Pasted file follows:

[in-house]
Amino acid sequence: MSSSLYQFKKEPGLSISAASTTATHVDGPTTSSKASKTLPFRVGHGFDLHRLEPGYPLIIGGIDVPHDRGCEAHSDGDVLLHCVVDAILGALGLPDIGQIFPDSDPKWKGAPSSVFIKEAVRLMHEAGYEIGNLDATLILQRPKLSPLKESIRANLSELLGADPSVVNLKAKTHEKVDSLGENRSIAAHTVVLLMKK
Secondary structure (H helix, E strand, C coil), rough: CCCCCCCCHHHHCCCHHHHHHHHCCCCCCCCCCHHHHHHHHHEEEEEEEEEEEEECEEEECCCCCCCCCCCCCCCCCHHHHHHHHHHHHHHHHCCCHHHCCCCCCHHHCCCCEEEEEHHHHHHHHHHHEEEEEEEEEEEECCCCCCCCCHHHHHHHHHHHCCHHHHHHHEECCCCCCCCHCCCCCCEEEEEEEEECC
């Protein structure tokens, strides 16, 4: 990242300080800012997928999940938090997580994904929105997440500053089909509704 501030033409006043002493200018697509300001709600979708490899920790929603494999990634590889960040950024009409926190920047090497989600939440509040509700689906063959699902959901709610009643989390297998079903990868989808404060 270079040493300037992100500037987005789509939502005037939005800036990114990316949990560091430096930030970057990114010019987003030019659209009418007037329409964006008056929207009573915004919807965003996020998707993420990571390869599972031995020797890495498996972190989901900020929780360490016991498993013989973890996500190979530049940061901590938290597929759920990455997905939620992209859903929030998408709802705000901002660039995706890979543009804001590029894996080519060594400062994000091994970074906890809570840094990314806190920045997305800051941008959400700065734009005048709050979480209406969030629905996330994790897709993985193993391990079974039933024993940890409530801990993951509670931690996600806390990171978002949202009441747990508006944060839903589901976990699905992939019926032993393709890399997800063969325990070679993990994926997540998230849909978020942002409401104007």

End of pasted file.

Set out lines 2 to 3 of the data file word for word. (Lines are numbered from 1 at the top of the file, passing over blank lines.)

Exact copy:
Amino acid sequence: MSSSLYQFKKEPGLSISAASTTATHVDGPTTSSKASKTLPFRVGHGFDLHRLEPGYPLIIGGIDVPHDRGCEAHSDGDVLLHCVVDAILGALGLPDIGQIFPDSDPKWKGAPSSVFIKEAVRLMHEAGYEIGNLDATLILQRPKLSPLKESIRANLSELLGADPSVVNLKAKTHEKVDSLGENRSIAAHTVVLLMKK
Secondary structure (H helix, E strand, C coil), rough: CCCCCCCCHHHHCCCHHHHHHHHCCCCCCCCCCHHHHHHHHHEEEEEEEEEEEEECEEEECCCCCCCCCCCCCCCCCHHHHHHHHHHHHHHHHCCCHHHCCCCCCHHHCCCCEEEEEHHHHHHHHHHHEEEEEEEEEEEECCCCCCCCCHHHHHHHHHHHCCHHHHHHHEECCCCCCCCHCCCCCCEEEEEEEEECC